Nowadays it seems that the books that are being published about quilting in particular, and perhaps other textile arts in general, are along the lines of “Make a Quilt in a Day”. It’s all about speed, about making more and more items – productivity seems to be the sought-after achievement. What’s driving this need for speed?
Quilts from the 1970s – from http://blog.shopmartingale.com/quilting-sewing/four-decades-of-quilting-history/
Back in the days of the 1970s quilt revival, not only did we have just a few books setting out how to make our quilts – and if we didn’t want to use the designs they supplied, we worked out designs on graph paper. Now, everyone can do it faster and better by searching out tutorials on the web; furthermore, traditional quilters have electronic programs to work out individual designs, and contemporary quilters can use photos and so much else.
It’s really exciting, this augmented world of possibility – but is it just too exciting? Are quilters (of whatever categories and persuasions) being misled by being pushed into always doing the next new thing, and into the need for instant gratification? Or is it that through this exposure we have accumulated so much in our brain that we want to do, and doing it quicker will mean we succeed in our goal of producing as much as we can?
Quilting in the 2000s – new materials, new technologies, and no end in sight (via http://blog.shopmartingale.com/quilting-sewing/four-decades-of-quilting-history/)
We chose our own path and focus, of course, and there will always be a bandwagon effect that makes it hard not to jump on to the newest fad. For many people, though, quilting is a way to escape the frenetic pace of social media, constant information, lack of a work-life balance, and similar modern ills.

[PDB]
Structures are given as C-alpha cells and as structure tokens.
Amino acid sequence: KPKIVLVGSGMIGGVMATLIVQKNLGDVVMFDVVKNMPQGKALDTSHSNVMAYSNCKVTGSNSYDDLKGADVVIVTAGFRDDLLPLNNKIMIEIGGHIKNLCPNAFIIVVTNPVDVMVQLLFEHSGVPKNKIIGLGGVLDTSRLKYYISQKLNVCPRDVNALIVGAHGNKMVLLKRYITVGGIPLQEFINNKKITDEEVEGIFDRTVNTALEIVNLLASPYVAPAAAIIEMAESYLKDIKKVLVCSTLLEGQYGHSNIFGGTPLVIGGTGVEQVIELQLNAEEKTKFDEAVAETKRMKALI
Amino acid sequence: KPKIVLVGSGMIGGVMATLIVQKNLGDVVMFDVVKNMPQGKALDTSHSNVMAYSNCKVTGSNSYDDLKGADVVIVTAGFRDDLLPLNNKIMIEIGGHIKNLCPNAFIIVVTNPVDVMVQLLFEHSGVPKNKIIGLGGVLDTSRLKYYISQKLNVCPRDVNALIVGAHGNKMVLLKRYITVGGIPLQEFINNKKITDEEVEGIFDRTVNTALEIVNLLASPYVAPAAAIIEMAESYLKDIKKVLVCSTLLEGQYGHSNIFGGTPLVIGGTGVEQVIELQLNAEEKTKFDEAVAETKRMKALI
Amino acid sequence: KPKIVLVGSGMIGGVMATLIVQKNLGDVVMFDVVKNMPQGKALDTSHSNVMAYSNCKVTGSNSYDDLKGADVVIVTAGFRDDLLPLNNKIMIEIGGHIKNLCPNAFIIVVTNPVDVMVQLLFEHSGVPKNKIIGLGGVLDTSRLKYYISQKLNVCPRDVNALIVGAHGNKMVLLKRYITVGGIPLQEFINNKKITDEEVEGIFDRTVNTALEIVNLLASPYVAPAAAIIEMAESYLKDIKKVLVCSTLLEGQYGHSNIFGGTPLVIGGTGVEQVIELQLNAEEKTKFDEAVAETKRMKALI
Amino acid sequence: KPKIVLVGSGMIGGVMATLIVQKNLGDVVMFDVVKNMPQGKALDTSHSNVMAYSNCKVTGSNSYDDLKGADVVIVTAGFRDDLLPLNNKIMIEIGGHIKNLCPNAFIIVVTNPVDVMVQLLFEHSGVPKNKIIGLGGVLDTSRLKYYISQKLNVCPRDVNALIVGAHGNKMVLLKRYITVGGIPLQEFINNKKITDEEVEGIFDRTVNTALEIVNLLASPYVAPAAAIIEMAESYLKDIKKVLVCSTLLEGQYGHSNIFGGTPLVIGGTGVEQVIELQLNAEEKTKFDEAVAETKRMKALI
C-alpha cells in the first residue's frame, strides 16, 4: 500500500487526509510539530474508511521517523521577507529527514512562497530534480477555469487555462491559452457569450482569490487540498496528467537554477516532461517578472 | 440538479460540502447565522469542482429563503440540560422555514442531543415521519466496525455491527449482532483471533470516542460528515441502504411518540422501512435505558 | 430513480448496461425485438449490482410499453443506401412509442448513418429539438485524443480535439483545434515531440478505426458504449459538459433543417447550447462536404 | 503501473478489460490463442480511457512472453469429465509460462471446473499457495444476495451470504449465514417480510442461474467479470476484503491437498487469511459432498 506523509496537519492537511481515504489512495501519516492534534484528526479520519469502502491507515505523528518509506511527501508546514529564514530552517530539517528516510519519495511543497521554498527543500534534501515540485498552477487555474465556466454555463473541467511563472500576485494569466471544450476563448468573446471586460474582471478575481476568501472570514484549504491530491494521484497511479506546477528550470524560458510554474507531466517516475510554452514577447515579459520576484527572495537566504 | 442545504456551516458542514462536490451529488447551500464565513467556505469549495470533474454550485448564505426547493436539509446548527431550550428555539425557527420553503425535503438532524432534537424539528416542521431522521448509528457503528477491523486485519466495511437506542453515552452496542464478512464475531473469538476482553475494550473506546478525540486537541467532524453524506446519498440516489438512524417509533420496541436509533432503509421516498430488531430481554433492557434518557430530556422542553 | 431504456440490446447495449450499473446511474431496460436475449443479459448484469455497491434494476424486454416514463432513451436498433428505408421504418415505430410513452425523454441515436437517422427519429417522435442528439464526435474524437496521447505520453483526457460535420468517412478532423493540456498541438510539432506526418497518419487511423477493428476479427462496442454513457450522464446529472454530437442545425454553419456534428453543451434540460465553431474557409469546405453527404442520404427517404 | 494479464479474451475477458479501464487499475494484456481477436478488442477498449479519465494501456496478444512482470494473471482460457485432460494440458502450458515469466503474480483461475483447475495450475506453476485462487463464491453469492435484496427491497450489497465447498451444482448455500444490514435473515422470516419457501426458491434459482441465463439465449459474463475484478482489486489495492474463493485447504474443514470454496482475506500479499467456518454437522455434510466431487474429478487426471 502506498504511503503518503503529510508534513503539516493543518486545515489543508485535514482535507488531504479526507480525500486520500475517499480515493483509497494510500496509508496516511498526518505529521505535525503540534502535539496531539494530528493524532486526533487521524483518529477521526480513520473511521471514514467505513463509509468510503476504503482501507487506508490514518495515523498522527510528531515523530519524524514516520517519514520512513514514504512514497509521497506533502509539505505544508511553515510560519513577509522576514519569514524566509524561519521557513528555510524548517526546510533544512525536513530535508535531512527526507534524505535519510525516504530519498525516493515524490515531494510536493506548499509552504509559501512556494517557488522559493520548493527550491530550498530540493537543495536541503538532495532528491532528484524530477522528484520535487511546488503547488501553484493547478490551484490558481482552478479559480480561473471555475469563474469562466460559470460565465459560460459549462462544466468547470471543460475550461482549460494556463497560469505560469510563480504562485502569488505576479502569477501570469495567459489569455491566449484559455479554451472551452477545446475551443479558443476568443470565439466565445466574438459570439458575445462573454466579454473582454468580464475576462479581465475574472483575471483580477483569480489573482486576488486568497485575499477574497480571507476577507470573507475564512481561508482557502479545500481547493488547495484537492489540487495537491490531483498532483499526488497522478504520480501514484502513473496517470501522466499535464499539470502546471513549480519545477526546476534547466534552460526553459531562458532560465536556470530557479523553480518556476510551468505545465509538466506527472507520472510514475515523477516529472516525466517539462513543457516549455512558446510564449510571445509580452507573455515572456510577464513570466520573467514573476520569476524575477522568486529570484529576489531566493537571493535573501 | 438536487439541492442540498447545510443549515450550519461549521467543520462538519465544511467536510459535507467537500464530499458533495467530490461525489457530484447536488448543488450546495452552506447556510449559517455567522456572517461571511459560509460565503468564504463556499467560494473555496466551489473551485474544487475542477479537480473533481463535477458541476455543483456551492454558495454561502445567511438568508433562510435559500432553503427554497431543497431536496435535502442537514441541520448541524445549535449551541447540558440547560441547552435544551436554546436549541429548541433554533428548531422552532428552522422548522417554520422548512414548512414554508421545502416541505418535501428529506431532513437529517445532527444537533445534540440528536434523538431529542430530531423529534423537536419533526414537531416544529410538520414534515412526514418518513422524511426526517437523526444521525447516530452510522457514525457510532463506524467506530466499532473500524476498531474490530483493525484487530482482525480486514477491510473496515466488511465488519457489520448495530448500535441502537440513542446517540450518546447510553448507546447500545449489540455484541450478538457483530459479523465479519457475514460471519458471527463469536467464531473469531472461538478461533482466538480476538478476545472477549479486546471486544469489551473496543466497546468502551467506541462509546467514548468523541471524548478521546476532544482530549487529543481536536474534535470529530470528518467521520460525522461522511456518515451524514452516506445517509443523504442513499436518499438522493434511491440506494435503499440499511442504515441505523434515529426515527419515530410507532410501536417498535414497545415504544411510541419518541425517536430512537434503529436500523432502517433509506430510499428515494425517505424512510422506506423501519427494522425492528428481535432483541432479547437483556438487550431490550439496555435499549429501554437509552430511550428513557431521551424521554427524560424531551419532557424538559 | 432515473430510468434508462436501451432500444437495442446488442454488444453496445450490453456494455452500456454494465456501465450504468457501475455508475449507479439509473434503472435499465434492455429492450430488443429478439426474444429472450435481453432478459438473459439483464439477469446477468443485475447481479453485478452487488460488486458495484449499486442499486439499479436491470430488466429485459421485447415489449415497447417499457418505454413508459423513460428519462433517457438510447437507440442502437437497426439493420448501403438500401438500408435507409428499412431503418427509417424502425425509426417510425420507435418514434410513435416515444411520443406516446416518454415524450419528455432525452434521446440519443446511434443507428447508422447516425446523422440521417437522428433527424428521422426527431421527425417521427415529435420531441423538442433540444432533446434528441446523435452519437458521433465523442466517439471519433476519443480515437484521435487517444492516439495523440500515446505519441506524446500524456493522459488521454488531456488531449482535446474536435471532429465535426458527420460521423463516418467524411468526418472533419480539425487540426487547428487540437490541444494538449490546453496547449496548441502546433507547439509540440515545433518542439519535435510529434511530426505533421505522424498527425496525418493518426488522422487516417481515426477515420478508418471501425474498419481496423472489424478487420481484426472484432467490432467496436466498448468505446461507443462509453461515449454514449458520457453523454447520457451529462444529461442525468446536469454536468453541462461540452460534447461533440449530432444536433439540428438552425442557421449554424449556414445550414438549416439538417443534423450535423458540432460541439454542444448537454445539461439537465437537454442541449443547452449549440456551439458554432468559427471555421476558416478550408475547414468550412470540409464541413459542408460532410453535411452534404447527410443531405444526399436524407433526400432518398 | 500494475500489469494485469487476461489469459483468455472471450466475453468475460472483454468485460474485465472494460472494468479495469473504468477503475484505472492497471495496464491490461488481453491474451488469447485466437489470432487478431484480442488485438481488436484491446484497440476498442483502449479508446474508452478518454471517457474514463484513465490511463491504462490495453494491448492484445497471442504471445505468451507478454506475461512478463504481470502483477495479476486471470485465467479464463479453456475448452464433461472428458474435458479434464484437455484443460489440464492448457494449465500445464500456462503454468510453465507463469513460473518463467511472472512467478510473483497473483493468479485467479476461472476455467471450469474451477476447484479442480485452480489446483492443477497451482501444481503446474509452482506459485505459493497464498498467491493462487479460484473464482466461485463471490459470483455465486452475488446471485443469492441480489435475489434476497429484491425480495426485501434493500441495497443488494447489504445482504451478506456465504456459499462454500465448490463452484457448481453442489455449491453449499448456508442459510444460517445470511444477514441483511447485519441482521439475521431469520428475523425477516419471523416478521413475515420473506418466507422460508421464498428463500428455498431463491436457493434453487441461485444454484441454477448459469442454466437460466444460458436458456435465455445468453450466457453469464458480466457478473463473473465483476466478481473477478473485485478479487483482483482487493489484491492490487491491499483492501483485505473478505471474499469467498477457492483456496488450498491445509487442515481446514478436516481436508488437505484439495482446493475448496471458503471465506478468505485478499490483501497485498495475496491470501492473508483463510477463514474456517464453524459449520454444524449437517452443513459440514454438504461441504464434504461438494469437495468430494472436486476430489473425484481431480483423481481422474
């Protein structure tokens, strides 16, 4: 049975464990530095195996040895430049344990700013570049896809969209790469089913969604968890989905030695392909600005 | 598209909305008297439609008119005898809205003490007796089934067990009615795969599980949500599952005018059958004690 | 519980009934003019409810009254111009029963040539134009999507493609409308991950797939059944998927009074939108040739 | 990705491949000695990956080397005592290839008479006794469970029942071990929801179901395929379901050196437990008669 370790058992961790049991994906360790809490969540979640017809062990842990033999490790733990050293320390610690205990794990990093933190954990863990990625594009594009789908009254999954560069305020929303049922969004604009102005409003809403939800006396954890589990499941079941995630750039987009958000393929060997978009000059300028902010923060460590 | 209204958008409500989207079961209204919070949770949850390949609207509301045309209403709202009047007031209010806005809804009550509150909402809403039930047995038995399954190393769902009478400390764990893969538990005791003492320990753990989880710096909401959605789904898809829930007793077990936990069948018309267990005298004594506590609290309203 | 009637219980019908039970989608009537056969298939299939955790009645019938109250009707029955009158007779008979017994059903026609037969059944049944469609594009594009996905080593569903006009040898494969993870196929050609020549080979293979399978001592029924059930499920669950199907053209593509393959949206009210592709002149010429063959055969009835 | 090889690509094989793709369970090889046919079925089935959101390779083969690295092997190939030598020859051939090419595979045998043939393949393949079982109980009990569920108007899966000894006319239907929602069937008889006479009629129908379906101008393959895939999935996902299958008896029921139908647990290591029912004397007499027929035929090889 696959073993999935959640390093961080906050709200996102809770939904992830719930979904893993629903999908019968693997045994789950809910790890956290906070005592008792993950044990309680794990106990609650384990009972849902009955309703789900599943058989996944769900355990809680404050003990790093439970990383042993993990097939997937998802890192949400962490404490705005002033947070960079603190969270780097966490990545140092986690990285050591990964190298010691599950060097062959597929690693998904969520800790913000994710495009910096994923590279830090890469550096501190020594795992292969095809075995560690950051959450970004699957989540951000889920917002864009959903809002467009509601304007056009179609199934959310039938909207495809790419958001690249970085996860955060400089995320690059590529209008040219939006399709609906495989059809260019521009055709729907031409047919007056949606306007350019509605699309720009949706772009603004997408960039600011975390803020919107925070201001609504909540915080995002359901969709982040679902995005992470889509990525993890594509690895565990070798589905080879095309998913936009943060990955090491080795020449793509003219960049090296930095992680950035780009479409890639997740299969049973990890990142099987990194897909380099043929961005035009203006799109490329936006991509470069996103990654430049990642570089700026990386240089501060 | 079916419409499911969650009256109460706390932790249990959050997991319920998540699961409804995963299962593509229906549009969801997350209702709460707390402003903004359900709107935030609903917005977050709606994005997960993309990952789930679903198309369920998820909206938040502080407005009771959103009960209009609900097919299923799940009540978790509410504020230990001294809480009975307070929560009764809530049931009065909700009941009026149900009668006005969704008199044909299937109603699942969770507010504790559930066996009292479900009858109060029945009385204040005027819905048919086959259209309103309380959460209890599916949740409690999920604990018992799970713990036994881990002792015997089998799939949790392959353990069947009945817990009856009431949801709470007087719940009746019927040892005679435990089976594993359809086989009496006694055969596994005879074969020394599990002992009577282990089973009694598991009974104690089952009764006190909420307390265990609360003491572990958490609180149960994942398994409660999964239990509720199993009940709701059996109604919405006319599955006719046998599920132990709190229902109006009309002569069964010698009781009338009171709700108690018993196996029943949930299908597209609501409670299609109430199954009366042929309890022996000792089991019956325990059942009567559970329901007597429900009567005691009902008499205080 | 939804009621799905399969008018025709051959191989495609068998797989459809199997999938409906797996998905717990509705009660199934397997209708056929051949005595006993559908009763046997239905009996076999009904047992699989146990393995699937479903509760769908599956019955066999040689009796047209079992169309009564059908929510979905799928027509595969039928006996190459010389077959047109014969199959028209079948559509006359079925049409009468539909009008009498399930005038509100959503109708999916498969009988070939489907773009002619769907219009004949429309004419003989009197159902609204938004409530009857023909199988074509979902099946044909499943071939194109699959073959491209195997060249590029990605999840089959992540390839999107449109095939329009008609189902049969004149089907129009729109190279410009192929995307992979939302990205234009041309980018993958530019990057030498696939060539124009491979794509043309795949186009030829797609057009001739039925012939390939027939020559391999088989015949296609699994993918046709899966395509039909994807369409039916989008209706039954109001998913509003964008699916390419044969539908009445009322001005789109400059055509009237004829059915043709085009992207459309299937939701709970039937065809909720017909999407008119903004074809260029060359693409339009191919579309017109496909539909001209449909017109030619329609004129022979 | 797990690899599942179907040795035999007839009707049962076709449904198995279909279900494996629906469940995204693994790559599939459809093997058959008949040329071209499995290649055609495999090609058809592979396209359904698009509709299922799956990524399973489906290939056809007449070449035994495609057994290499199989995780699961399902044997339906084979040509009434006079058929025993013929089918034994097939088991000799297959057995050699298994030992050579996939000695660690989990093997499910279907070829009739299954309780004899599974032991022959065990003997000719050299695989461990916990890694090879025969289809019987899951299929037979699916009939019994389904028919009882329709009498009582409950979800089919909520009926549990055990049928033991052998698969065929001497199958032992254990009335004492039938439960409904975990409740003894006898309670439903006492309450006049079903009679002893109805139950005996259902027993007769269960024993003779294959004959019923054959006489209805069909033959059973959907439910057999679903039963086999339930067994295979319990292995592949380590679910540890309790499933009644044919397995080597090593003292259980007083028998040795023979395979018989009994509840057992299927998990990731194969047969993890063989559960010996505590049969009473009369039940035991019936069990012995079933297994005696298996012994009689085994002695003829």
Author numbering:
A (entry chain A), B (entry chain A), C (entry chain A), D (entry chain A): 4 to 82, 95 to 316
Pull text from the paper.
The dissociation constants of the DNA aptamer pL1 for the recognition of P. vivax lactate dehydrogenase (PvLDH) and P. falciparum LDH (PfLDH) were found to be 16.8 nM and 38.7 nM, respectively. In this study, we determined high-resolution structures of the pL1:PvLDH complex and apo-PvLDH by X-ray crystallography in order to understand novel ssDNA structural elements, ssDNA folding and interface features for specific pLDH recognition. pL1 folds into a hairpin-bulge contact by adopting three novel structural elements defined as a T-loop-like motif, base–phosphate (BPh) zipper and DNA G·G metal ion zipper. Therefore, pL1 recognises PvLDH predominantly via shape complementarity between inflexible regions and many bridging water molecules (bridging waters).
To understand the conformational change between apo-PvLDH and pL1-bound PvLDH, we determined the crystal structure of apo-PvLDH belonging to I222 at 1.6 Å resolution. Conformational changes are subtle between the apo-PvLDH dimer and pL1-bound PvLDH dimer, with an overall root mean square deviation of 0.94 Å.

In trying to make it easier (and quicker) for ourselves, it’s hard to get away from using other people’s patterns, drawings, photos, instructions – they get us to the point where we can get on with “just making”. No further decisions need be made, the project will not falter or stall because of indecisiveness … only because of diminishing interest or lack of time.
Even for the artist/designer who turns quiltmaker, the many decisions needed to get as far as the “making” stage can sometimes be daunting. Have you had an idea and worked it up on paper or in samples, but not started the actual making because it seems that finishing this huge quilt will take too much time, time that you’d subconsciously allocated to several other projects as yet unvisualised? And could this be because, deep down somewhere, you’re not all that sure that this particular project, despite all your preparation and care, will turn out the way you want it to? Is it too big a risk to make the commitment?
“Silence” by Derek Melander (via http://slowtextiles.blogspot.co.uk/2010/11/derick-melander-sculpture.html)
For some people, the focus is on production and results. For others, their pleasure comes from the process – they simply love the making. For all of us, we work at different speeds – sometimes we really do need a quilt to be ready tomorrow; for example, a long-planned project to welcome a baby can suddenly jump to the top of the list.
The Slow Textiles movement is embraced by some quilters but it’s definitely not in the mainstream that publishers are feeding with “quilt in a day” books.
Another hopeful sign is Modern Quilts, makers who are taking quilting back to its roots – not just by rediscovering the patterns and techniques that got the resurgence in quilting going in the 1970s, but by using the methods of those times – planning on graph paper and hand quilting among them.
Taking your time when making textile work emphasizes, quite rightly in my opinion, the sense of connection that is always inherent in cloth: connection with the body, with warmth, with continuity, with care. Connection of the maker with the fabric and with the intended use of the new item, and with its users. Connection with old cloth and its history, including the history of its making and of its maker.
Arguably, productivity is over-rated. Less can be more: more care, more satisfaction.
And yet, and yet – the proliferation of books, techniques and supplies means that specialist shops (and teachers) can make a living out of quilting. The availability of so many patterns and kits means that beginners, or people unsure of colour choices or unwilling to burden themselves with a large stash, can derive the satisfaction of making, and express their need to make something beautiful.